What happened

Shares of pharma giant Pfizer (NYSE:PFE) fell by as much as 5.6% on Wednesday and closed the day's trading session down by 5.3%. While the broader stock market is feeling the pressure of a new surge in COVID-19 cases worldwide, one would expect Pfizer, a leader in the COVID-19 vaccine race, to benefit from these developments. However, investors are getting impatient with Pfizer, which has yet to release any data from its ongoing late-stage clinical trial for its coronavirus vaccine candidate, BNT162b2. 

So what

In early September, Pfizer's CEO, Albert Bourla, said in an interview that the company expected to know by the end of October whether BNT162b2 is safe and effective. And in an open letter posted on the company's website on Oct. 16, Bourla reiterated this sentiment while also emphasizing that efficacy data could come "earlier or later based on changes in the infection rates." With only a couple of days or so left to go in the month, the drugmaker has yet to release any data from this clinical trial to the public.

Hand filling syringe with liquid from glass vial.

Image source: Getty Images.

Of course, this doesn't mean that BNT162b2 failed to prove safe or effective. In fact, it seems Pfizer doesn't have an answer yet. During the company's third-quarter earnings conference call, Bourla said: "I can say today that the data monitoring committee has not been unblinded to efficacy data nor has it conducted any interim efficacy analysis today. But I want to be clear that after today's earnings call, we do not intend to speak publicly about interim analysis until we have a conclusive read-out from the data monitoring committee."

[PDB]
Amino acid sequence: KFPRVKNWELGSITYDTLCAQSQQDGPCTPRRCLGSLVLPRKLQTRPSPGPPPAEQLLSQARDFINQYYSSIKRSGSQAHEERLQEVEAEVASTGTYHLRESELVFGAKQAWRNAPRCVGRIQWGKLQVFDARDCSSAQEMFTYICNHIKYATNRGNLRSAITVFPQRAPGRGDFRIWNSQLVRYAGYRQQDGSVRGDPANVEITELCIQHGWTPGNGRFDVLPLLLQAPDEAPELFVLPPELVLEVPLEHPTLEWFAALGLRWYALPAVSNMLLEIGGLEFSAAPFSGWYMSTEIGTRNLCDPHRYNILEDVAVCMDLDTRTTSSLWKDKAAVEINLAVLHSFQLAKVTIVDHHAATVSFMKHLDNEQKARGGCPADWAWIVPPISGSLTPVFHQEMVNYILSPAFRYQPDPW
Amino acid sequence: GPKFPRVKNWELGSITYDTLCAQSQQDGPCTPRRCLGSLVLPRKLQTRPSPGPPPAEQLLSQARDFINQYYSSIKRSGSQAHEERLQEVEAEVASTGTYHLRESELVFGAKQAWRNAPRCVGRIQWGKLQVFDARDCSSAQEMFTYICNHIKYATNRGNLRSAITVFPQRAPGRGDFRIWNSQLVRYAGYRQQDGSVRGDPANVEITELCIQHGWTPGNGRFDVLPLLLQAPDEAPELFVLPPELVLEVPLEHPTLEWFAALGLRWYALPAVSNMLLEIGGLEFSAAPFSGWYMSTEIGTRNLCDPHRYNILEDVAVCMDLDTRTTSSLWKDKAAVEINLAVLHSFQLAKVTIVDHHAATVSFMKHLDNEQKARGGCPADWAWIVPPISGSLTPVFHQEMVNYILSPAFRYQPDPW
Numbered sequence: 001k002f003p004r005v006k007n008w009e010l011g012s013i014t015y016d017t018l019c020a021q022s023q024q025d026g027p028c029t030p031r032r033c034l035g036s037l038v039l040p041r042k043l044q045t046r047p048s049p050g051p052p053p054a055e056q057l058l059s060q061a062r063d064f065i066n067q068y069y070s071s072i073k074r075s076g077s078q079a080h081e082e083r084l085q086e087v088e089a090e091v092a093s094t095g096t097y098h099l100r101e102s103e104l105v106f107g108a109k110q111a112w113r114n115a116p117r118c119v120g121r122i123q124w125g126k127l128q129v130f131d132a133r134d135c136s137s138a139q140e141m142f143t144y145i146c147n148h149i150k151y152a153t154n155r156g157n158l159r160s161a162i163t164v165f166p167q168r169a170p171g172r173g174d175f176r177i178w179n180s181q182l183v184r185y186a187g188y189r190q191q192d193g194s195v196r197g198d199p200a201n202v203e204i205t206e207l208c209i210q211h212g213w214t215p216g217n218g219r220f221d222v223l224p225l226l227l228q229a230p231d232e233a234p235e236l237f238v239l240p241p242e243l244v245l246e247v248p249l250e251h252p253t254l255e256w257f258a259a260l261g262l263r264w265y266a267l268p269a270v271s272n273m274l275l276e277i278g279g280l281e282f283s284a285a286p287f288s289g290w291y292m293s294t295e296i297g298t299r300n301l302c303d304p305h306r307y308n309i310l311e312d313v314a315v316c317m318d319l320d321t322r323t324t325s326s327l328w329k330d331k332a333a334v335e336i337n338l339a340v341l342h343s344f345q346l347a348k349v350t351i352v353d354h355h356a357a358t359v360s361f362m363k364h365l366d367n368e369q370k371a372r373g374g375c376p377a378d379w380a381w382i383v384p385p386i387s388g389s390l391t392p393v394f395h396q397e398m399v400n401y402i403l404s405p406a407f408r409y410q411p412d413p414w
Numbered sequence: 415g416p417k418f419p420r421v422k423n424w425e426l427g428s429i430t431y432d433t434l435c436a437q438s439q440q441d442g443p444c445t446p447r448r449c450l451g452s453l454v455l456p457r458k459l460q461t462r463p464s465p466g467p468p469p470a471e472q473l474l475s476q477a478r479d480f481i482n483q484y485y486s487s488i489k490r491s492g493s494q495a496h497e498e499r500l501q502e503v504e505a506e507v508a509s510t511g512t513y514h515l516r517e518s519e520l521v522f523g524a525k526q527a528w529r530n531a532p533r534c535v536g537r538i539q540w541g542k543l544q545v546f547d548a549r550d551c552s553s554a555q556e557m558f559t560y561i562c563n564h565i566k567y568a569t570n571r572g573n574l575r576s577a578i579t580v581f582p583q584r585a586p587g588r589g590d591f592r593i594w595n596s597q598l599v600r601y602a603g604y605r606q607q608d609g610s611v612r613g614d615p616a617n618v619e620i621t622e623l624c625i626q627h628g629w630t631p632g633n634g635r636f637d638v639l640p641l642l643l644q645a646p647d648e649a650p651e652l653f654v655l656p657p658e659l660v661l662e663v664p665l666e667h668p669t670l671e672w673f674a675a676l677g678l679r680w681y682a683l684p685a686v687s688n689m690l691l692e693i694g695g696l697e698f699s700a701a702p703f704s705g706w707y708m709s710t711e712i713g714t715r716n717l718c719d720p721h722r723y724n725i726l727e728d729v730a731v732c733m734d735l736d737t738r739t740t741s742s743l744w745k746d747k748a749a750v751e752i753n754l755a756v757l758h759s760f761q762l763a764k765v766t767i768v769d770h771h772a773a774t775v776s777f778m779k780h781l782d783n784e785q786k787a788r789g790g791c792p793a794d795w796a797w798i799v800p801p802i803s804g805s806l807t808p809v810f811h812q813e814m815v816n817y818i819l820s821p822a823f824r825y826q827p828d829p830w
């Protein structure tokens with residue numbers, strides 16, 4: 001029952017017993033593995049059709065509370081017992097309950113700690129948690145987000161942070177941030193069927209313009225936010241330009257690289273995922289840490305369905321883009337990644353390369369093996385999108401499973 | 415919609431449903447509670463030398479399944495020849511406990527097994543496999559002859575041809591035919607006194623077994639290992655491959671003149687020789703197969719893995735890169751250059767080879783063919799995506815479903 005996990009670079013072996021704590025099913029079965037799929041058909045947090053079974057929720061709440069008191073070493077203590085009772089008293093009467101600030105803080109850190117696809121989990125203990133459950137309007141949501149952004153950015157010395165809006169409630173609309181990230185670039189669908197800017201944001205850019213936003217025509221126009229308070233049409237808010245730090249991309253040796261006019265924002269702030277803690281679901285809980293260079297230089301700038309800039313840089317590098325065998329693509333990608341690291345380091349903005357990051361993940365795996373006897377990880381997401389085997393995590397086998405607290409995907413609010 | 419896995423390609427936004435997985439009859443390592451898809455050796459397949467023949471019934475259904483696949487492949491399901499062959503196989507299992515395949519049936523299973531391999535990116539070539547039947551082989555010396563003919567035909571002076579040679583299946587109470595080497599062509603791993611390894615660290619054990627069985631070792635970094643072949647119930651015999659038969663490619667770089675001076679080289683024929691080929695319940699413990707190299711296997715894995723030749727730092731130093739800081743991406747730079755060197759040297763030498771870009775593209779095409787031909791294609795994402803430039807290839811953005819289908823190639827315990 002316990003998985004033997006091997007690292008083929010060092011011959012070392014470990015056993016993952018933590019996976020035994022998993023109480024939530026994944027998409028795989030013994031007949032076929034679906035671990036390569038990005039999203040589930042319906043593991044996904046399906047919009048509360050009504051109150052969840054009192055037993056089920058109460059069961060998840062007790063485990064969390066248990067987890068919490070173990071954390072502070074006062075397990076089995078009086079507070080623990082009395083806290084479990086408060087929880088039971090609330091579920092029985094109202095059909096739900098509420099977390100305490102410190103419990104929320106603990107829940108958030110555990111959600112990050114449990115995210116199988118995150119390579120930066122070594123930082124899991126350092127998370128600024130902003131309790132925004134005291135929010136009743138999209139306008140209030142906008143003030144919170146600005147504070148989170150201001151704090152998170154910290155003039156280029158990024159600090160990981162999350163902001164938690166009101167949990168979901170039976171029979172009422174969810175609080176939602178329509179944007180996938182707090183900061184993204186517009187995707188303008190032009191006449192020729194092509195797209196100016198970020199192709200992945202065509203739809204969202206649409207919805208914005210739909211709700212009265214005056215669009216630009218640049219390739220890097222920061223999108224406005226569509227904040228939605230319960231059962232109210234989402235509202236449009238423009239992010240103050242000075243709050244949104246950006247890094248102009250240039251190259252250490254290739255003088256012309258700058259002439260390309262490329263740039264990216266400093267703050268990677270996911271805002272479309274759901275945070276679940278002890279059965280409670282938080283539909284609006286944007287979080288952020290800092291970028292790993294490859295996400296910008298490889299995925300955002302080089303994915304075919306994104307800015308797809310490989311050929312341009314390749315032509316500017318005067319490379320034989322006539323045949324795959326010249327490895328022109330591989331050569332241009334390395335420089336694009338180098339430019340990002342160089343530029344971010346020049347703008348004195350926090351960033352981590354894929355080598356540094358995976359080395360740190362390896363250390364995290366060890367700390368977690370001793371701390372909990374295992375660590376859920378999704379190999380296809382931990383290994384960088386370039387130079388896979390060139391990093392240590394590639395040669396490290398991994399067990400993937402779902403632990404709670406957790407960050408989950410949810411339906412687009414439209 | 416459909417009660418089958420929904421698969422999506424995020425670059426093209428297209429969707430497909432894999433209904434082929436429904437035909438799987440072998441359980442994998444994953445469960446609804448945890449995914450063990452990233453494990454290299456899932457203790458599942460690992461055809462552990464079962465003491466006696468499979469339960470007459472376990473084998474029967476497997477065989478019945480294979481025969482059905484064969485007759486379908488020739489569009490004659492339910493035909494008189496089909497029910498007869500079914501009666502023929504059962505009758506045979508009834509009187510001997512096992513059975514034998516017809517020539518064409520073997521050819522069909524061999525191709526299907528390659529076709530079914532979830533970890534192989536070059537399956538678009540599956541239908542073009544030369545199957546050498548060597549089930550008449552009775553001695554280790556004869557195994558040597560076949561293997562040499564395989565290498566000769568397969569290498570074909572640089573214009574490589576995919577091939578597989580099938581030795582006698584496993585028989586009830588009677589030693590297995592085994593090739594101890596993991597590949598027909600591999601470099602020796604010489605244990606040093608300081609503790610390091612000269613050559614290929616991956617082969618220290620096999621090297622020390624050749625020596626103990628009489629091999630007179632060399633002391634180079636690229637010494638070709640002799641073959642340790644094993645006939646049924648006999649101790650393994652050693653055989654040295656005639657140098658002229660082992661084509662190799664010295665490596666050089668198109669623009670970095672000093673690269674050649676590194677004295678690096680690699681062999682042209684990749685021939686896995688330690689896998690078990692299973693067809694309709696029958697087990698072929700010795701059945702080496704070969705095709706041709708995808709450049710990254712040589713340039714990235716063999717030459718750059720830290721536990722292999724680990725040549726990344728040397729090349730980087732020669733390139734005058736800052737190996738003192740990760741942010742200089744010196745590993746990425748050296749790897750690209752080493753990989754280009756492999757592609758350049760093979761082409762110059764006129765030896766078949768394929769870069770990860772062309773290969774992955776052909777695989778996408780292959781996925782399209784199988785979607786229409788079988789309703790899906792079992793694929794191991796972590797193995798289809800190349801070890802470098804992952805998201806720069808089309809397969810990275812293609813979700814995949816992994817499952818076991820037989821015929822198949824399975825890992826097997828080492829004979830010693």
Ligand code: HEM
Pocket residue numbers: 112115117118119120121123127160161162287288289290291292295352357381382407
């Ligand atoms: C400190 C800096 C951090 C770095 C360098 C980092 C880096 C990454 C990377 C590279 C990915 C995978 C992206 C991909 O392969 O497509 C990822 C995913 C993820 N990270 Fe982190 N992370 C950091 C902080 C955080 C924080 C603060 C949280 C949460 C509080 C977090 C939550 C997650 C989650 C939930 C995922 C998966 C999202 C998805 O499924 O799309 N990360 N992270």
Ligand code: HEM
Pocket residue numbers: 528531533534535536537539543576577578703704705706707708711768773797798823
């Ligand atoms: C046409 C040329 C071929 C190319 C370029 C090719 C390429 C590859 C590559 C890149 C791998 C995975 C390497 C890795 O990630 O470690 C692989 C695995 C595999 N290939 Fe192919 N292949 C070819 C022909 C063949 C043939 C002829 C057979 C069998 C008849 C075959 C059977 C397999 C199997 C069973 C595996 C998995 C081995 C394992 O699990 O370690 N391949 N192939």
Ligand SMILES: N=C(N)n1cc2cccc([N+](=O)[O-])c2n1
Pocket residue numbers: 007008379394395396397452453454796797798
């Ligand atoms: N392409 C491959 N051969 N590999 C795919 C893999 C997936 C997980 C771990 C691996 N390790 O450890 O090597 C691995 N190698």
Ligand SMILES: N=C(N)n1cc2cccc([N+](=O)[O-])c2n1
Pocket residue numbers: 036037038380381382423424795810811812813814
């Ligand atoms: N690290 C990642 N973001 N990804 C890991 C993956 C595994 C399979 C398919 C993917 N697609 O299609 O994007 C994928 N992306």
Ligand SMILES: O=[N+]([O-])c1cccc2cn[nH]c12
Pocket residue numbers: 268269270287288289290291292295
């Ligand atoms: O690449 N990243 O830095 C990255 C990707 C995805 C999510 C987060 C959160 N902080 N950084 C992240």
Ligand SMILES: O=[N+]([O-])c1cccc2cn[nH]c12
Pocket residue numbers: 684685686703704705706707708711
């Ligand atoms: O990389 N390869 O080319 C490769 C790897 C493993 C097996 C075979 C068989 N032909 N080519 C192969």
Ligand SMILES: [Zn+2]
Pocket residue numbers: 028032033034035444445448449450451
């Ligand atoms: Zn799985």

Now what

The fact that we don't yet know whether Pfizer's vaccine works is disappointing, and it isn't surprising to see some investors offloading shares of the pharma stock as a result. But it's essential to remain patient; after all, Pfizer is still one of the leaders in this race, and it has already signed supply agreements worth billions of dollars with several governments. Also, even if BNT162b2 flops, the company's prospects don't hinge on a single vaccine. Long term investors should focus on the company's overall lineup and pipeline. 

This article represents the opinion of the writer, who may disagree with the “official” recommendation position of a Motley Fool premium advisory service. We’re motley! Questioning an investing thesis -- even one of our own -- helps us all think critically about investing and make decisions that help us become smarter, happier, and richer.